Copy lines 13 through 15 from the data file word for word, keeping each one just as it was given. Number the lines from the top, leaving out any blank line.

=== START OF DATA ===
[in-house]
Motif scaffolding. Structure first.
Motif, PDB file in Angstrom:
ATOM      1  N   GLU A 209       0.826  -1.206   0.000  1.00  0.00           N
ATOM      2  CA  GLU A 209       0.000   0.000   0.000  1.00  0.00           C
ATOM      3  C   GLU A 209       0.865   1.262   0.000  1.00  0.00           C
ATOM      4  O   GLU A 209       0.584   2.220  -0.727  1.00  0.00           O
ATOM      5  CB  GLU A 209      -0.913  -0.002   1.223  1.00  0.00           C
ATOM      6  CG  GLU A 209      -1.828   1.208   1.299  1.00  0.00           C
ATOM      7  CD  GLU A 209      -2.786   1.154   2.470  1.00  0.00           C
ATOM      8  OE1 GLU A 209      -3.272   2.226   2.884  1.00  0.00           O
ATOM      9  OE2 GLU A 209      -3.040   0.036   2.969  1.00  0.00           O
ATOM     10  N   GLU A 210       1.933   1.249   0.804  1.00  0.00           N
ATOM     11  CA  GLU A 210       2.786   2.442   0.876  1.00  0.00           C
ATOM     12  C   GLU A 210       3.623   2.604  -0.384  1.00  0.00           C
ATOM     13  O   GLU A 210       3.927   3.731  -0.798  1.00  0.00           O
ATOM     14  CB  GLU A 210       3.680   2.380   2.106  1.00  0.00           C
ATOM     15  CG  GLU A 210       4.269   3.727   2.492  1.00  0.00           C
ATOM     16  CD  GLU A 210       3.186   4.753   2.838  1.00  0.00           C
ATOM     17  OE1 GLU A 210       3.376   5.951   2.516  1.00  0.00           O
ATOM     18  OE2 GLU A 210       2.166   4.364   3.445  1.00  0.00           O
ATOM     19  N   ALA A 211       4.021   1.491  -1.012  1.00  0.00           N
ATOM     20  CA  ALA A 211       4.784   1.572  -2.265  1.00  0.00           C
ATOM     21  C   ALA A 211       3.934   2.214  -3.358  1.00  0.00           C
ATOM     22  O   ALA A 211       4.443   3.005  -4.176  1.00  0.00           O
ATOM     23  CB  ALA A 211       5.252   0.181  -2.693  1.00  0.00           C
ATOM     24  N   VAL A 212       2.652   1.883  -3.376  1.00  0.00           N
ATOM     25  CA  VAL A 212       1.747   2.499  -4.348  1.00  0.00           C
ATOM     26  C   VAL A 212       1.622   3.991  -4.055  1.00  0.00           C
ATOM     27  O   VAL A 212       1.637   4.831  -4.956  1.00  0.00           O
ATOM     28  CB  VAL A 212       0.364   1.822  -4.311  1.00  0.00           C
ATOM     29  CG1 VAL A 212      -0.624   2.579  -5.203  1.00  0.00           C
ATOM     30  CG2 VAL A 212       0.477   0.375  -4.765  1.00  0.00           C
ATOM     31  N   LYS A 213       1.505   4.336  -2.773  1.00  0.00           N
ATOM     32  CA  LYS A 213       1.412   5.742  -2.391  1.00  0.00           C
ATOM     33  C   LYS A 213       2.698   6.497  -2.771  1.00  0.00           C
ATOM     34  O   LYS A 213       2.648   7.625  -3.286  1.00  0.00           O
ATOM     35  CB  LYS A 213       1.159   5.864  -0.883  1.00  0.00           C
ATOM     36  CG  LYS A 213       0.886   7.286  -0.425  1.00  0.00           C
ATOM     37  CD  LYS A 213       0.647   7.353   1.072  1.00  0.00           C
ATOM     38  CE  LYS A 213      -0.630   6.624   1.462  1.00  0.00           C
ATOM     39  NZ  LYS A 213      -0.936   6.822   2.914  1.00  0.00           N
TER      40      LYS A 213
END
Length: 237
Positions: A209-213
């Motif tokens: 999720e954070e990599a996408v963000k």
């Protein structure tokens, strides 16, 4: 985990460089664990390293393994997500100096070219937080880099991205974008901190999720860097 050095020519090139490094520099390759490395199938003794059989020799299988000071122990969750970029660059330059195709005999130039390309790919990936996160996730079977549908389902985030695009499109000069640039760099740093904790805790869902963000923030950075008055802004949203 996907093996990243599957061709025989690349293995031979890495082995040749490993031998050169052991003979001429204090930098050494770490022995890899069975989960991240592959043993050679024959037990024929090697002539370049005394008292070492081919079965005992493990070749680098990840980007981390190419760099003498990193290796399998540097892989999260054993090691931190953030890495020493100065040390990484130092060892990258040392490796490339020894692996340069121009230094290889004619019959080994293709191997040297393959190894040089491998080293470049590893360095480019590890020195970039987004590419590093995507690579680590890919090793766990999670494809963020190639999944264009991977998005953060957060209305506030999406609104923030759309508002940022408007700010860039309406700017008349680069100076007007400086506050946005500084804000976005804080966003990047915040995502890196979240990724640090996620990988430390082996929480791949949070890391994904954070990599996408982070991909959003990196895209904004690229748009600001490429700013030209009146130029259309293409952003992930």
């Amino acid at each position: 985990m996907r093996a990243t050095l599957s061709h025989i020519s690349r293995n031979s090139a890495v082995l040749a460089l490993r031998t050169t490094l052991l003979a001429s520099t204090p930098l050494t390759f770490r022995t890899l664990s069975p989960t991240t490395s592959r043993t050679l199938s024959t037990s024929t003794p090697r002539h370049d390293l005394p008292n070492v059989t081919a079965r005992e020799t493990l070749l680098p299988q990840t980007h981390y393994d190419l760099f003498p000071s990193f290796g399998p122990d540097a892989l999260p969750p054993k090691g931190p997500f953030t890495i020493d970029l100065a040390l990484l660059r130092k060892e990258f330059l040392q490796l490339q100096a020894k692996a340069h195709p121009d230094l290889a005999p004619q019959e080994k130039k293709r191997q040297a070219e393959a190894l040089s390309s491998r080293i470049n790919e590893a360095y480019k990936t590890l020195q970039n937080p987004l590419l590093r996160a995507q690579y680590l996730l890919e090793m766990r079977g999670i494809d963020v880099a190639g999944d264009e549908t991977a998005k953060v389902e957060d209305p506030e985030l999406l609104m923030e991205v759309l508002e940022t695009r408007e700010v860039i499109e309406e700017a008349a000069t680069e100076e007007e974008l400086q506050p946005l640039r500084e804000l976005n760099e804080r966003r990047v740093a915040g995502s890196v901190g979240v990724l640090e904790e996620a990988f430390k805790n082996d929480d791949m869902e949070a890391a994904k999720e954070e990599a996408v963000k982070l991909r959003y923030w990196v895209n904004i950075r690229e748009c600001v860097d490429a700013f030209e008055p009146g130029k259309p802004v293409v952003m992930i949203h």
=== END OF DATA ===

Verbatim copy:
ATOM     10  N   GLU A 210       1.933   1.249   0.804  1.00  0.00           N
ATOM     11  CA  GLU A 210       2.786   2.442   0.876  1.00  0.00           C
ATOM     12  C   GLU A 210       3.623   2.604  -0.384  1.00  0.00           C